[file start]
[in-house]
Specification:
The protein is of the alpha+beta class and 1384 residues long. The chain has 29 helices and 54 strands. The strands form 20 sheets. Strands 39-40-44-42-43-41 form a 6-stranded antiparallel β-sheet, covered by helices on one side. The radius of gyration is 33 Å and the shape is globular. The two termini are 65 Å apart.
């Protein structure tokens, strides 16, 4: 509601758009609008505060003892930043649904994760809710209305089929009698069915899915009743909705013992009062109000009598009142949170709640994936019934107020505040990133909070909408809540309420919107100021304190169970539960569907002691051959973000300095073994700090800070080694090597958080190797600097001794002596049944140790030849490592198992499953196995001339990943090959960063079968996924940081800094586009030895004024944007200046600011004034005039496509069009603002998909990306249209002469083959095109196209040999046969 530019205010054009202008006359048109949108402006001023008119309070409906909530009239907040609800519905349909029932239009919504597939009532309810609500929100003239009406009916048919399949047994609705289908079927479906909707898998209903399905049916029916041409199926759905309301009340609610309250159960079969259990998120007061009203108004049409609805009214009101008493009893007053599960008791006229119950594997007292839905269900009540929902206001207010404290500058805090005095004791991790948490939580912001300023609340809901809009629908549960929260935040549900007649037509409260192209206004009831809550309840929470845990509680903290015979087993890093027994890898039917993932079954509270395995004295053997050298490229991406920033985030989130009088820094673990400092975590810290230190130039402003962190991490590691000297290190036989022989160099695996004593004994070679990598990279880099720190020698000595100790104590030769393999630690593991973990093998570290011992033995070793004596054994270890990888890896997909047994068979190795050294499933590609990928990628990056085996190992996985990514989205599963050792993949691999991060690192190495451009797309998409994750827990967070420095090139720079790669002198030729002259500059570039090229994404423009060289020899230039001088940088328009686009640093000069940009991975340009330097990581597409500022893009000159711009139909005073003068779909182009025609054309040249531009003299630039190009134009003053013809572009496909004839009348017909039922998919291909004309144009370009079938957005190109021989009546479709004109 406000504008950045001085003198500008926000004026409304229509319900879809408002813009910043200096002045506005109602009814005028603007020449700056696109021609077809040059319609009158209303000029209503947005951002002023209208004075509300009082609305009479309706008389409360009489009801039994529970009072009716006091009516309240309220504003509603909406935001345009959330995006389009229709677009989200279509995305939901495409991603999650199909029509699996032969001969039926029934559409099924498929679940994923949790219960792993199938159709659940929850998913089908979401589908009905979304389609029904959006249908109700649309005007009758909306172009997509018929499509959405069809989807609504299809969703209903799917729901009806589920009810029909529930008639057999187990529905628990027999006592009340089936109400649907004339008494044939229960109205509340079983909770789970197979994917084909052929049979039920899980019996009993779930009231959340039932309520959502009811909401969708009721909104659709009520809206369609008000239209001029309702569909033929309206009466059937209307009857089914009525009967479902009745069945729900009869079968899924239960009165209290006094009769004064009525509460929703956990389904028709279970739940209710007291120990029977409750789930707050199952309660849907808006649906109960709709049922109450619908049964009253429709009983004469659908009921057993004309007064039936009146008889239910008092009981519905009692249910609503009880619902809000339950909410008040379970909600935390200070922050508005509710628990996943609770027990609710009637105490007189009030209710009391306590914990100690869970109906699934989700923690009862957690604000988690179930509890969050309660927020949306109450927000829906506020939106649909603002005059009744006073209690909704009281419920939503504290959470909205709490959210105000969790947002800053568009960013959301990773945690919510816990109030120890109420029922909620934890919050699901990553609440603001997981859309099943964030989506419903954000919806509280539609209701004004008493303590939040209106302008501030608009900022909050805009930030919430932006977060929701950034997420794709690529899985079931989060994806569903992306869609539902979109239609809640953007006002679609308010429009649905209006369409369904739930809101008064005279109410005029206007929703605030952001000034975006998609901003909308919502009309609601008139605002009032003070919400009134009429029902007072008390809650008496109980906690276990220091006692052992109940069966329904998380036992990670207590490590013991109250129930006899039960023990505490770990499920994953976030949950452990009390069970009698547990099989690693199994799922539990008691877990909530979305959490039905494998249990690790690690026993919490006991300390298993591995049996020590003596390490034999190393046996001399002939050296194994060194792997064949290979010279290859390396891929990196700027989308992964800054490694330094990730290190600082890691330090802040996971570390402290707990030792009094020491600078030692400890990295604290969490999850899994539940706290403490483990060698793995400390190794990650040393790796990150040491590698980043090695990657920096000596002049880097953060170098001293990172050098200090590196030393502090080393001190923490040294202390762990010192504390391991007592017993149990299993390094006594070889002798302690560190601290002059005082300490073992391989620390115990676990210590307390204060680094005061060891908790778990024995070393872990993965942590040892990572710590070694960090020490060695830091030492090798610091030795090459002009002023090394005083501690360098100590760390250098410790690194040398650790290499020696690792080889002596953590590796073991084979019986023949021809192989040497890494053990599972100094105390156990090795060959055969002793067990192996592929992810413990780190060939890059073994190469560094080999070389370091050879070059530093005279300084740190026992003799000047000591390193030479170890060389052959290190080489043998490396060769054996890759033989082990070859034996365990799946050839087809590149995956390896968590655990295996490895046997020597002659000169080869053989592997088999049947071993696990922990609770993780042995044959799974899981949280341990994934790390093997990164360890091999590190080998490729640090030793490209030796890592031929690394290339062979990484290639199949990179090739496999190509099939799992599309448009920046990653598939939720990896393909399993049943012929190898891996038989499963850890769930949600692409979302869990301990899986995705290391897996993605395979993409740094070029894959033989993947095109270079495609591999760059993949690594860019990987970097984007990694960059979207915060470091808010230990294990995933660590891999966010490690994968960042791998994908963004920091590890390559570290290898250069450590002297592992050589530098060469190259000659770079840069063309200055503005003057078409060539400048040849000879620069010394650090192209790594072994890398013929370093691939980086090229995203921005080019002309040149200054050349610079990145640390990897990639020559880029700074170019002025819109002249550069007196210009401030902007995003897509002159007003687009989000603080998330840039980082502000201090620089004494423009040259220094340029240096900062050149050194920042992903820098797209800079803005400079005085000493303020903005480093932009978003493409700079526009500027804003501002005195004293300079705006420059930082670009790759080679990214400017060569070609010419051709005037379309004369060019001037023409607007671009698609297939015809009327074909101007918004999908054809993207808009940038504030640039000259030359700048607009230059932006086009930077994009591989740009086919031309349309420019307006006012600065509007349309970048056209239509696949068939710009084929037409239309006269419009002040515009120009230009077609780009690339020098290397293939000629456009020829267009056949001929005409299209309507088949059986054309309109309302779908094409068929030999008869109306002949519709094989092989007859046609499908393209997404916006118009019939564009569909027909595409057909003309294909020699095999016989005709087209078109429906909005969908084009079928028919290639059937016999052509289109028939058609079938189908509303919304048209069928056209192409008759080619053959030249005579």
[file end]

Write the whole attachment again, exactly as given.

[in-house]
Specification:
The protein is of the alpha+beta class and 1384 residues long. The chain has 29 helices and 54 strands. The strands form 20 sheets. Strands 39-40-44-42-43-41 form a 6-stranded antiparallel β-sheet, covered by helices on one side. The radius of gyration is 33 Å and the shape is globular. The two termini are 65 Å apart.
């Protein structure tokens, strides 16, 4: 509601758009609008505060003892930043649904994760809710209305089929009698069915899915009743909705013992009062109000009598009142949170709640994936019934107020505040990133909070909408809540309420919107100021304190169970539960569907002691051959973000300095073994700090800070080694090597958080190797600097001794002596049944140790030849490592198992499953196995001339990943090959960063079968996924940081800094586009030895004024944007200046600011004034005039496509069009603002998909990306249209002469083959095109196209040999046969 530019205010054009202008006359048109949108402006001023008119309070409906909530009239907040609800519905349909029932239009919504597939009532309810609500929100003239009406009916048919399949047994609705289908079927479906909707898998209903399905049916029916041409199926759905309301009340609610309250159960079969259990998120007061009203108004049409609805009214009101008493009893007053599960008791006229119950594997007292839905269900009540929902206001207010404290500058805090005095004791991790948490939580912001300023609340809901809009629908549960929260935040549900007649037509409260192209206004009831809550309840929470845990509680903290015979087993890093027994890898039917993932079954509270395995004295053997050298490229991406920033985030989130009088820094673990400092975590810290230190130039402003962190991490590691000297290190036989022989160099695996004593004994070679990598990279880099720190020698000595100790104590030769393999630690593991973990093998570290011992033995070793004596054994270890990888890896997909047994068979190795050294499933590609990928990628990056085996190992996985990514989205599963050792993949691999991060690192190495451009797309998409994750827990967070420095090139720079790669002198030729002259500059570039090229994404423009060289020899230039001088940088328009686009640093000069940009991975340009330097990581597409500022893009000159711009139909005073003068779909182009025609054309040249531009003299630039190009134009003053013809572009496909004839009348017909039922998919291909004309144009370009079938957005190109021989009546479709004109 406000504008950045001085003198500008926000004026409304229509319900879809408002813009910043200096002045506005109602009814005028603007020449700056696109021609077809040059319609009158209303000029209503947005951002002023209208004075509300009082609305009479309706008389409360009489009801039994529970009072009716006091009516309240309220504003509603909406935001345009959330995006389009229709677009989200279509995305939901495409991603999650199909029509699996032969001969039926029934559409099924498929679940994923949790219960792993199938159709659940929850998913089908979401589908009905979304389609029904959006249908109700649309005007009758909306172009997509018929499509959405069809989807609504299809969703209903799917729901009806589920009810029909529930008639057999187990529905628990027999006592009340089936109400649907004339008494044939229960109205509340079983909770789970197979994917084909052929049979039920899980019996009993779930009231959340039932309520959502009811909401969708009721909104659709009520809206369609008000239209001029309702569909033929309206009466059937209307009857089914009525009967479902009745069945729900009869079968899924239960009165209290006094009769004064009525509460929703956990389904028709279970739940209710007291120990029977409750789930707050199952309660849907808006649906109960709709049922109450619908049964009253429709009983004469659908009921057993004309007064039936009146008889239910008092009981519905009692249910609503009880619902809000339950909410008040379970909600935390200070922050508005509710628990996943609770027990609710009637105490007189009030209710009391306590914990100690869970109906699934989700923690009862957690604000988690179930509890969050309660927020949306109450927000829906506020939106649909603002005059009744006073209690909704009281419920939503504290959470909205709490959210105000969790947002800053568009960013959301990773945690919510816990109030120890109420029922909620934890919050699901990553609440603001997981859309099943964030989506419903954000919806509280539609209701004004008493303590939040209106302008501030608009900022909050805009930030919430932006977060929701950034997420794709690529899985079931989060994806569903992306869609539902979109239609809640953007006002679609308010429009649905209006369409369904739930809101008064005279109410005029206007929703605030952001000034975006998609901003909308919502009309609601008139605002009032003070919400009134009429029902007072008390809650008496109980906690276990220091006692052992109940069966329904998380036992990670207590490590013991109250129930006899039960023990505490770990499920994953976030949950452990009390069970009698547990099989690693199994799922539990008691877990909530979305959490039905494998249990690790690690026993919490006991300390298993591995049996020590003596390490034999190393046996001399002939050296194994060194792997064949290979010279290859390396891929990196700027989308992964800054490694330094990730290190600082890691330090802040996971570390402290707990030792009094020491600078030692400890990295604290969490999850899994539940706290403490483990060698793995400390190794990650040393790796990150040491590698980043090695990657920096000596002049880097953060170098001293990172050098200090590196030393502090080393001190923490040294202390762990010192504390391991007592017993149990299993390094006594070889002798302690560190601290002059005082300490073992391989620390115990676990210590307390204060680094005061060891908790778990024995070393872990993965942590040892990572710590070694960090020490060695830091030492090798610091030795090459002009002023090394005083501690360098100590760390250098410790690194040398650790290499020696690792080889002596953590590796073991084979019986023949021809192989040497890494053990599972100094105390156990090795060959055969002793067990192996592929992810413990780190060939890059073994190469560094080999070389370091050879070059530093005279300084740190026992003799000047000591390193030479170890060389052959290190080489043998490396060769054996890759033989082990070859034996365990799946050839087809590149995956390896968590655990295996490895046997020597002659000169080869053989592997088999049947071993696990922990609770993780042995044959799974899981949280341990994934790390093997990164360890091999590190080998490729640090030793490209030796890592031929690394290339062979990484290639199949990179090739496999190509099939799992599309448009920046990653598939939720990896393909399993049943012929190898891996038989499963850890769930949600692409979302869990301990899986995705290391897996993605395979993409740094070029894959033989993947095109270079495609591999760059993949690594860019990987970097984007990694960059979207915060470091808010230990294990995933660590891999966010490690994968960042791998994908963004920091590890390559570290290898250069450590002297592992050589530098060469190259000659770079840069063309200055503005003057078409060539400048040849000879620069010394650090192209790594072994890398013929370093691939980086090229995203921005080019002309040149200054050349610079990145640390990897990639020559880029700074170019002025819109002249550069007196210009401030902007995003897509002159007003687009989000603080998330840039980082502000201090620089004494423009040259220094340029240096900062050149050194920042992903820098797209800079803005400079005085000493303020903005480093932009978003493409700079526009500027804003501002005195004293300079705006420059930082670009790759080679990214400017060569070609010419051709005037379309004369060019001037023409607007671009698609297939015809009327074909101007918004999908054809993207808009940038504030640039000259030359700048607009230059932006086009930077994009591989740009086919031309349309420019307006006012600065509007349309970048056209239509696949068939710009084929037409239309006269419009002040515009120009230009077609780009690339020098290397293939000629456009020829267009056949001929005409299209309507088949059986054309309109309302779908094409068929030999008869109306002949519709094989092989007859046609499908393209997404916006118009019939564009569909027909595409057909003309294909020699095999016989005709087209078109429906909005969908084009079928028919290639059937016999052509289109028939058609079938189908509303919304048209069928056209192409008759080619053959030249005579």